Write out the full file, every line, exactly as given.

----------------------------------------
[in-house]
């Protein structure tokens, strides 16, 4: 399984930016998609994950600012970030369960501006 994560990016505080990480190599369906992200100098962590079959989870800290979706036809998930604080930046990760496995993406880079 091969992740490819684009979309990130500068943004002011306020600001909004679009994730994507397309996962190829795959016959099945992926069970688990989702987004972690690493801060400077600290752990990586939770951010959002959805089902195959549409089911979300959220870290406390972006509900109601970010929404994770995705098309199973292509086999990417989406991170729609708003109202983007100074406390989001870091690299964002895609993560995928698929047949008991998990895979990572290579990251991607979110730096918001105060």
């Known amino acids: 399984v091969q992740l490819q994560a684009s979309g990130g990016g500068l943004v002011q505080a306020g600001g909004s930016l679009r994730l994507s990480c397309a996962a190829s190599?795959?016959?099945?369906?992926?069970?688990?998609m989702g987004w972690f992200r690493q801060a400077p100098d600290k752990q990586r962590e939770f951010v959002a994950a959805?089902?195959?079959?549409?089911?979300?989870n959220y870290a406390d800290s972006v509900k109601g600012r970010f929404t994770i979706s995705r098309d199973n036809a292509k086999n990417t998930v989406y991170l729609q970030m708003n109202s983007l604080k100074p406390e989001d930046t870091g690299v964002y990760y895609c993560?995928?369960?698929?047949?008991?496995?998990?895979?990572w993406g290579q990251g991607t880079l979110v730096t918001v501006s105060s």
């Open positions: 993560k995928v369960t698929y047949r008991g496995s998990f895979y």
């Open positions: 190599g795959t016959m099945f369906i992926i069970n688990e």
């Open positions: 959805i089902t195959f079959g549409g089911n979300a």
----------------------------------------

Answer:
[in-house]
């Protein structure tokens, strides 16, 4: 399984930016998609994950600012970030369960501006 994560990016505080990480190599369906992200100098962590079959989870800290979706036809998930604080930046990760496995993406880079 091969992740490819684009979309990130500068943004002011306020600001909004679009994730994507397309996962190829795959016959099945992926069970688990989702987004972690690493801060400077600290752990990586939770951010959002959805089902195959549409089911979300959220870290406390972006509900109601970010929404994770995705098309199973292509086999990417989406991170729609708003109202983007100074406390989001870091690299964002895609993560995928698929047949008991998990895979990572290579990251991607979110730096918001105060």
């Known amino acids: 399984v091969q992740l490819q994560a684009s979309g990130g990016g500068l943004v002011q505080a306020g600001g909004s930016l679009r994730l994507s990480c397309a996962a190829s190599?795959?016959?099945?369906?992926?069970?688990?998609m989702g987004w972690f992200r690493q801060a400077p100098d600290k752990q990586r962590e939770f951010v959002a994950a959805?089902?195959?079959?549409?089911?979300?989870n959220y870290a406390d800290s972006v509900k109601g600012r970010f929404t994770i979706s995705r098309d199973n036809a292509k086999n990417t998930v989406y991170l729609q970030m708003n109202s983007l604080k100074p406390e989001d930046t870091g690299v964002y990760y895609c993560?995928?369960?698929?047949?008991?496995?998990?895979?990572w993406g290579q990251g991607t880079l979110v730096t918001v501006s105060s």
């Open positions: 993560k995928v369960t698929y047949r008991g496995s998990f895979y």
């Open positions: 190599g795959t016959m099945f369906i992926i069970n688990e």
């Open positions: 959805i089902t195959f079959g549409g089911n979300a």